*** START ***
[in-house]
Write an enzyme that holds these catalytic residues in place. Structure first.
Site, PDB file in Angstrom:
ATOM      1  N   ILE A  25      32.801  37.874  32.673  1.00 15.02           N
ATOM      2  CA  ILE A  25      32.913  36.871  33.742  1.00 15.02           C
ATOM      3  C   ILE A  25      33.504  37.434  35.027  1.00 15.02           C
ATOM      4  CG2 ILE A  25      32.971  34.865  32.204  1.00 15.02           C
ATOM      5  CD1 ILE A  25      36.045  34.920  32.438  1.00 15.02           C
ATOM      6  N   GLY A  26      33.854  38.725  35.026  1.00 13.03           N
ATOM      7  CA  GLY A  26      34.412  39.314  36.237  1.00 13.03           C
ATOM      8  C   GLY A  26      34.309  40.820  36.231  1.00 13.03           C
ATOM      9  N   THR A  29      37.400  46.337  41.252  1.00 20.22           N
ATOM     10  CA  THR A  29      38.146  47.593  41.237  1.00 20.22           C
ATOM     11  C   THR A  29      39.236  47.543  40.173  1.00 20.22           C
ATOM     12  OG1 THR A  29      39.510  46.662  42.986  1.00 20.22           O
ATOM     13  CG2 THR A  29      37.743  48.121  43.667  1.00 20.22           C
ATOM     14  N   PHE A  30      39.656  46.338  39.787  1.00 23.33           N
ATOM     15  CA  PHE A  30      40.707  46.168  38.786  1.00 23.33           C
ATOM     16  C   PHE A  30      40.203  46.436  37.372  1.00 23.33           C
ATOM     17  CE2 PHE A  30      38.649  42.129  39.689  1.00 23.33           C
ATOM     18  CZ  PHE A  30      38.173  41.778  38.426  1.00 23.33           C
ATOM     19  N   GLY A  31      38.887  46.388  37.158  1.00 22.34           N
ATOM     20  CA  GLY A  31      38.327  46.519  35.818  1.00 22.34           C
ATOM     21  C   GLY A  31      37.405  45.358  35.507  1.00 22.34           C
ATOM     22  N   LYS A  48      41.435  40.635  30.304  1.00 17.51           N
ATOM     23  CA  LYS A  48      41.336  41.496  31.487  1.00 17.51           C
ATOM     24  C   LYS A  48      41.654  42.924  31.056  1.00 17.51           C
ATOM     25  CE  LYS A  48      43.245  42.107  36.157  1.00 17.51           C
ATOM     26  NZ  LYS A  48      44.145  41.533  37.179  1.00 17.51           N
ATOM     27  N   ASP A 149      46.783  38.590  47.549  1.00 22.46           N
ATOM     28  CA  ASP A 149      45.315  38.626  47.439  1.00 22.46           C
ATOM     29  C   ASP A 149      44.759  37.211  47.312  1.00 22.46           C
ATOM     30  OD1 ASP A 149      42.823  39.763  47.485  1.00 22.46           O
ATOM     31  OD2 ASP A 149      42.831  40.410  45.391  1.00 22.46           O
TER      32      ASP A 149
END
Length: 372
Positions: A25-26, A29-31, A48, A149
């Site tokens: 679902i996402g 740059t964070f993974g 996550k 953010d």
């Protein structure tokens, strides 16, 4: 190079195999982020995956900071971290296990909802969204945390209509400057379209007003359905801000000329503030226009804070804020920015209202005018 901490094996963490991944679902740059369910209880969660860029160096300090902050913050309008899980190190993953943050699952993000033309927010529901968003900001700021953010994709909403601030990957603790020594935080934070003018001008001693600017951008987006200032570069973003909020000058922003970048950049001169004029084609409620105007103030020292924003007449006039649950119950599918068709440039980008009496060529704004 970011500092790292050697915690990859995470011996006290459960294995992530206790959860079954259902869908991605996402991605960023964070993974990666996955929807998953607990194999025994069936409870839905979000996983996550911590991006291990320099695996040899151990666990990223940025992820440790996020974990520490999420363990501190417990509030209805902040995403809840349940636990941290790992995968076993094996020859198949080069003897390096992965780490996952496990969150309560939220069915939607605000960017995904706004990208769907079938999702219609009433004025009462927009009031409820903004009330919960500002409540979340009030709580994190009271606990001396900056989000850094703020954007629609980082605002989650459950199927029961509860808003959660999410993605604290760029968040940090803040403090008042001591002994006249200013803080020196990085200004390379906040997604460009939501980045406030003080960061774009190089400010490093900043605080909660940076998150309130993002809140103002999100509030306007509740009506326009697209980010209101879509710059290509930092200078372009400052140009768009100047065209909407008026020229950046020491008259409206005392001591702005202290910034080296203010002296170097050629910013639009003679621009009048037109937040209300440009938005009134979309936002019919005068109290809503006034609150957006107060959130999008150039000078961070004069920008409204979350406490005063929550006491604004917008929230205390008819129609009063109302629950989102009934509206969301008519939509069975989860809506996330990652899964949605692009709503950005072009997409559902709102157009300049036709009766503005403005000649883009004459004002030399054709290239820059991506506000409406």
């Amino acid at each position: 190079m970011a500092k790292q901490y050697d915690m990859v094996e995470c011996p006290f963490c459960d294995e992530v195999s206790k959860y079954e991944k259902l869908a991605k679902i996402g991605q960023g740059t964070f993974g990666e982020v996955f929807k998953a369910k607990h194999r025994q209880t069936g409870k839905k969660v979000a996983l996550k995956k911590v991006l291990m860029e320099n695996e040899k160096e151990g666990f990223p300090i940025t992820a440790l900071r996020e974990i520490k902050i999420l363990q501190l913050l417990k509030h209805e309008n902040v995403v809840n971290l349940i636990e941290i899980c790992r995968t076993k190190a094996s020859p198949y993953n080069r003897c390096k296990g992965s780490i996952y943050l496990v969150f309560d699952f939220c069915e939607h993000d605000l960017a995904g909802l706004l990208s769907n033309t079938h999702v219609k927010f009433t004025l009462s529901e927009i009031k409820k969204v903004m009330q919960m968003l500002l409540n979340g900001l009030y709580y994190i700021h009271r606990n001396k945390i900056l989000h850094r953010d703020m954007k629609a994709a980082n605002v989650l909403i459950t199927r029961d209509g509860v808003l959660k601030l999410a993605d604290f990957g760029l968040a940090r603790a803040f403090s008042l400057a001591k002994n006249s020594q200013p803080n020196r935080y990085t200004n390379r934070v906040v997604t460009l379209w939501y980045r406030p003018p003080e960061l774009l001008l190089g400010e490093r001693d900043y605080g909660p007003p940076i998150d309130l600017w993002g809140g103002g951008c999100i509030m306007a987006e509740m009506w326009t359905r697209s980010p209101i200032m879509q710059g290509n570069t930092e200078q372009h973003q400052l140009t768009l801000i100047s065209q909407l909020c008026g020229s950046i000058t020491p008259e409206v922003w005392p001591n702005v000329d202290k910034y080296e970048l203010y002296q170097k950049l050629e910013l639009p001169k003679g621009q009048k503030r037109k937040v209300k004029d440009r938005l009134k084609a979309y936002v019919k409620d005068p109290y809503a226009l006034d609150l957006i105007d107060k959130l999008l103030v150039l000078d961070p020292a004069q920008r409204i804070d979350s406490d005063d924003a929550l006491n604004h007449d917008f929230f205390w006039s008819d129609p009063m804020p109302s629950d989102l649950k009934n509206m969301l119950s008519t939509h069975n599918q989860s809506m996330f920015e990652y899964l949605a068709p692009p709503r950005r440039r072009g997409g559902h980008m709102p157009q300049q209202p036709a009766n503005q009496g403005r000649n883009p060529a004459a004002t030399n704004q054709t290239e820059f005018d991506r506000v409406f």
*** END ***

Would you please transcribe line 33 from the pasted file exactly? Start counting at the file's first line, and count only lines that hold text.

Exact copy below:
ATOM     30  OD1 ASP A 149      42.823  39.763  47.485  1.00 22.46           O